Friday, June 30, 2017

Confessions of a New Administrator: Week #4

This summer, I am getting my first hands-on experience at being a building administrator for my site of about 300 1st-5th graders.  I know that summer school is different than the regular school year, but much of the "blitz" I am feeling reminds me of being a first year teacher (and what I expect being a first year administrator may feel like).  One of my personal commitments in blogging is to be honest, open, and transparent (while protecting privacy) about my experiences - and I'm sure that, someday, I will smile looking back at what I was feeling at this time.  Hopefully it can help someone else learn, too!

We have the week of the Fourth of July off, and here's Confession #1: I'm ready for a break!  This has been a wonderful experience and I'm enjoying it, but I will always jump at the chance to rest, relax, spend time with family & friends, and invest in other parts of my life that get put on the back burner when school is in session.

As with any job, I have experienced some of the good, the bad, and the ugly in the past four weeks.  This week has me reflecting on the best and worst parts of my job as an administrator.

The Good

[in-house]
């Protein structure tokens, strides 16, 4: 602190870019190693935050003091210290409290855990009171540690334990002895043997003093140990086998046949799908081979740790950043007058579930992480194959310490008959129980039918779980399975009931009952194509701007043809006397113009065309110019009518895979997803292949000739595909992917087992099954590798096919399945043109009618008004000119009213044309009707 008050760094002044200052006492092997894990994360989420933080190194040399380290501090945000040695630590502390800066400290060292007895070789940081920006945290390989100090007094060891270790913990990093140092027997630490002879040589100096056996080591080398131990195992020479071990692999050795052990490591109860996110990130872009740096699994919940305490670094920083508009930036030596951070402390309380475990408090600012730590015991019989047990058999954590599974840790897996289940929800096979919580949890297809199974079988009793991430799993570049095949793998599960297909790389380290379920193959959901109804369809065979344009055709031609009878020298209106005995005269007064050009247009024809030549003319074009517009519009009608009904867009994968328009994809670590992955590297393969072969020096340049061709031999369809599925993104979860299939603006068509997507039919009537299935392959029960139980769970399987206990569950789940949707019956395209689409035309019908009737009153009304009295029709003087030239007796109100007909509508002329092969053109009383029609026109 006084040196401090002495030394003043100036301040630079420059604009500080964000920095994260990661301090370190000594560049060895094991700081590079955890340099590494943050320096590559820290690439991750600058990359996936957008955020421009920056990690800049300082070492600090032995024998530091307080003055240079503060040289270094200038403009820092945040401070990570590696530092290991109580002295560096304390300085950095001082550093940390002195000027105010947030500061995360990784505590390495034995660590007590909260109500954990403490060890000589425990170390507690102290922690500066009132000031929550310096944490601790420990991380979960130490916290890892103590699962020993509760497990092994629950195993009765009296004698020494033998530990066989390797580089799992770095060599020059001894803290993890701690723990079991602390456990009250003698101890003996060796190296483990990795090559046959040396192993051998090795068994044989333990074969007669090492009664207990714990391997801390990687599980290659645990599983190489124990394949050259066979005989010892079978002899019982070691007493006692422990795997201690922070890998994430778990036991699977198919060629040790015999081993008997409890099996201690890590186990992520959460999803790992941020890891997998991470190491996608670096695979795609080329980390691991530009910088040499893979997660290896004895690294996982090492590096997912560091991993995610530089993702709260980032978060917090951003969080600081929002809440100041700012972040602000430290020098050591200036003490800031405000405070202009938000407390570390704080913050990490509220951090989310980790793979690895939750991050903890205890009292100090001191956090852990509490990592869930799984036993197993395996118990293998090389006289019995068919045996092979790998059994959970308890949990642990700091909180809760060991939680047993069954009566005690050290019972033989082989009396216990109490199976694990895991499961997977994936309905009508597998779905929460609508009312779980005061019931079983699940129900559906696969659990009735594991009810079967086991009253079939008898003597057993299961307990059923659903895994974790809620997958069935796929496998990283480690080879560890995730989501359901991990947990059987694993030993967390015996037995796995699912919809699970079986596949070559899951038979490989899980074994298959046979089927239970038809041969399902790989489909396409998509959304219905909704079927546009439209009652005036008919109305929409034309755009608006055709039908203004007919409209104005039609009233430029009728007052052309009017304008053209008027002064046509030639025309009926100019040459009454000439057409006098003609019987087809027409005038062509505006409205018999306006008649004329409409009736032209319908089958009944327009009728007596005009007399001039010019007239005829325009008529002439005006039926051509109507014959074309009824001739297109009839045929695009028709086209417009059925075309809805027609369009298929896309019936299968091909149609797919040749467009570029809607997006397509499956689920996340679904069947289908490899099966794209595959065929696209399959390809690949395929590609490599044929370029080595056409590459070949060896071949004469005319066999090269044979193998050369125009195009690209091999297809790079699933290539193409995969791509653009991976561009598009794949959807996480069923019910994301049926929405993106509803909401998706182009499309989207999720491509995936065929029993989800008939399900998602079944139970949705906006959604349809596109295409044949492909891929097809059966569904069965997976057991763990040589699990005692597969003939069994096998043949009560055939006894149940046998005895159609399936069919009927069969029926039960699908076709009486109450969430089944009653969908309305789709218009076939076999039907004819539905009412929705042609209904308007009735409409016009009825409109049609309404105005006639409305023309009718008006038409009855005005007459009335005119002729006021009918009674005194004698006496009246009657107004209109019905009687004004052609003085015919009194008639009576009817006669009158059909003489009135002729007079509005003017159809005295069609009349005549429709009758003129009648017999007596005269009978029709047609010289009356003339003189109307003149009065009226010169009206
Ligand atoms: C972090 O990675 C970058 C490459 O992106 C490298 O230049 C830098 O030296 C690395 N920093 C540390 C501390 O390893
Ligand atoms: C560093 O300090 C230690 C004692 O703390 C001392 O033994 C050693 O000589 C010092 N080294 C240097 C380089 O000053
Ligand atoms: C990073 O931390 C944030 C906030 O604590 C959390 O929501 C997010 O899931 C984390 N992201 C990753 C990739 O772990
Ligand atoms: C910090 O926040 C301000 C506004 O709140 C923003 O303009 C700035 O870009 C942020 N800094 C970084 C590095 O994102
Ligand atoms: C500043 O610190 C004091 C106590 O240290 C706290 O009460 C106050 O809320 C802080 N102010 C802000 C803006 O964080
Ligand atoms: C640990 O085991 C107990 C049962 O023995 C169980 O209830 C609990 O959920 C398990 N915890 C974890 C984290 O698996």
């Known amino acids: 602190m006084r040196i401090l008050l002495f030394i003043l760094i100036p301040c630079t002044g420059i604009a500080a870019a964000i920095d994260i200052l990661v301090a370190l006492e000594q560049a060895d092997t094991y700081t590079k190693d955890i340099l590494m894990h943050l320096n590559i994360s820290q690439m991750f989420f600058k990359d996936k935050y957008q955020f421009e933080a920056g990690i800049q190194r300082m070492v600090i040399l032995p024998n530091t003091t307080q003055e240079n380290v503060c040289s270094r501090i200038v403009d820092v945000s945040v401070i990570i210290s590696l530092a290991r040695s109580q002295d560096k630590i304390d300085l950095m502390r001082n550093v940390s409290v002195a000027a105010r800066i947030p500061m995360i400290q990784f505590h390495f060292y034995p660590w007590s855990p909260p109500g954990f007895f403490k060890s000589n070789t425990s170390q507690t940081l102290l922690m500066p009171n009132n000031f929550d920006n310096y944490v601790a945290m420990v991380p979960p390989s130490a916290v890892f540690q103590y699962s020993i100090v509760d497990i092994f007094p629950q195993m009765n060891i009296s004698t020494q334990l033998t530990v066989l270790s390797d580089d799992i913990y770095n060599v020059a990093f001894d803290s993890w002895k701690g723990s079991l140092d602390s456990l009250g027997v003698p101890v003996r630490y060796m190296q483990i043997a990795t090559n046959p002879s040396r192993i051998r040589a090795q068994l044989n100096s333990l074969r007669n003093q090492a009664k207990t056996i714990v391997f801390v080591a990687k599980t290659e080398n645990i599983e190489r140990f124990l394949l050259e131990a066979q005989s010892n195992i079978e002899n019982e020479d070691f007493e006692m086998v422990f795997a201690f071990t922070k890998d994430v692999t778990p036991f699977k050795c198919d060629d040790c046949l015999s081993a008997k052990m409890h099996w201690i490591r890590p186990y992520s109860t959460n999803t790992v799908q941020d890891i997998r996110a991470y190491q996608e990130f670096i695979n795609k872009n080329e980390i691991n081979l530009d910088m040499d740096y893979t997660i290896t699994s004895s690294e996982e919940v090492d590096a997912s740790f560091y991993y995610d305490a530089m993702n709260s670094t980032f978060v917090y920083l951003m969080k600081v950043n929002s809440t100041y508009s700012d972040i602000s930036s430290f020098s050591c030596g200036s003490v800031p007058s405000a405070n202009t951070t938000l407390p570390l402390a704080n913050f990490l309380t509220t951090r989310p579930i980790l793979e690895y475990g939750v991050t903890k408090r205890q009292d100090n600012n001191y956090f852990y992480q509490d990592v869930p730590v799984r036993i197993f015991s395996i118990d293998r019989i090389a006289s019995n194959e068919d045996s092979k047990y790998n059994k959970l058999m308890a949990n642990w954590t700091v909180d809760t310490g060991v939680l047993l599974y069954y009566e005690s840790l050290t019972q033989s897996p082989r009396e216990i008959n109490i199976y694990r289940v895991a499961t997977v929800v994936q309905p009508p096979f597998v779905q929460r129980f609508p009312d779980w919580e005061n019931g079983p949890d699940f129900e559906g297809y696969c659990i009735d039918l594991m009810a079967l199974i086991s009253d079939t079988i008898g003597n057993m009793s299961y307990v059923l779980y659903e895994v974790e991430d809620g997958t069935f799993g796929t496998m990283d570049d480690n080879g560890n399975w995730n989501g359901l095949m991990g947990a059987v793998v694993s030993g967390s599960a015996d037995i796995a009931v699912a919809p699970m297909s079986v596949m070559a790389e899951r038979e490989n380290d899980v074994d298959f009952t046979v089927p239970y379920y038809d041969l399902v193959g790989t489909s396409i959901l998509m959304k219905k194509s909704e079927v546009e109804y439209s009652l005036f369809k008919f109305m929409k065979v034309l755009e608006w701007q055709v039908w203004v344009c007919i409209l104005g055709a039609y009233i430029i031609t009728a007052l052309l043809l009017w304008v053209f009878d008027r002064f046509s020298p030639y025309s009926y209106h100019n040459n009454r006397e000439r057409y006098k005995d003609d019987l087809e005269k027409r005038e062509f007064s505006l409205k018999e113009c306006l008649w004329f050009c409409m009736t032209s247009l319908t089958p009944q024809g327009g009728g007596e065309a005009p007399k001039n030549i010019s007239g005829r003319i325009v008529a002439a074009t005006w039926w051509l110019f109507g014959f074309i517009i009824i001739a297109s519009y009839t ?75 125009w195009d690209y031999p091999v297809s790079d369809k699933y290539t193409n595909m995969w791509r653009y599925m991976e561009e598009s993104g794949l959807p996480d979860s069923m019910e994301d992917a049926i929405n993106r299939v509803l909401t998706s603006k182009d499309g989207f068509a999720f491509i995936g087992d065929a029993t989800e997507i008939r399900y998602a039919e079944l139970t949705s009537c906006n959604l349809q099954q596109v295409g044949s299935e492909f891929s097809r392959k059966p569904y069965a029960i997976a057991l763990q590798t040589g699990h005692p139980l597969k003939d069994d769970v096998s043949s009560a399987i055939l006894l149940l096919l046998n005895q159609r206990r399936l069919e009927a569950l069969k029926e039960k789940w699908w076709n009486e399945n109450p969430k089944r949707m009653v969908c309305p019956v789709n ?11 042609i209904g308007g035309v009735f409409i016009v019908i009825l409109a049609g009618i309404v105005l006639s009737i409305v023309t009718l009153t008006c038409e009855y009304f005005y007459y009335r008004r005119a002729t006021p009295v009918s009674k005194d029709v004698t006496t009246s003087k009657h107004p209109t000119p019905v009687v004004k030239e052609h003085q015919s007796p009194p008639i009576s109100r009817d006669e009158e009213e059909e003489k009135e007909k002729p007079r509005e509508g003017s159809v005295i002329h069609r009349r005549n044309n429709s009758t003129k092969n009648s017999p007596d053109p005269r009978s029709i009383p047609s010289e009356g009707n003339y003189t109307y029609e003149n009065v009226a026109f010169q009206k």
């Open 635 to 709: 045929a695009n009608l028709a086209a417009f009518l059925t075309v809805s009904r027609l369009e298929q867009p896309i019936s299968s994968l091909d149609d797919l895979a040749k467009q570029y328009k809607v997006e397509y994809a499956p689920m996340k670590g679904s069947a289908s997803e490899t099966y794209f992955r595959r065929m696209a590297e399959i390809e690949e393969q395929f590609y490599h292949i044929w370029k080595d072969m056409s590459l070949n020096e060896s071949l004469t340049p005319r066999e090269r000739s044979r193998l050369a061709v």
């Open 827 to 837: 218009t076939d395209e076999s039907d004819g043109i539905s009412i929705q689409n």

The best part of my job is that I get to see so many great things happening in the school on a regular basis!  I love welcoming students in the morning and being a friendly face at the door.  My favorite practice of late is playing violin or cello to the kids as they walk in, mixing pop/movie music with classical music, and seeing how excited the students are to hear what is coming next (this feeds the music teacher in me)!  I love being a professional problem-solver and figuring out how to make everything run more smoothly for my staff.  The best days are when I get to spend lots of time in classrooms, absorbing the atmosphere and great instruction that is going on.  I love seeing happy and engaged kids, and I love seeing teachers work their magic with the amazing ways they reach students.  I'm filled with pride as I do a walkthrough of the school and take note of the learning, the inquiry, and the care that fills each room.  I love when students call me over to show off their latest creation.  I love making positive phone calls home about how awesome students are, and I love handing out prizes and stickers as a part of our PBIS system and seeing the students' excitement when they are acknowledged for doing the right thing.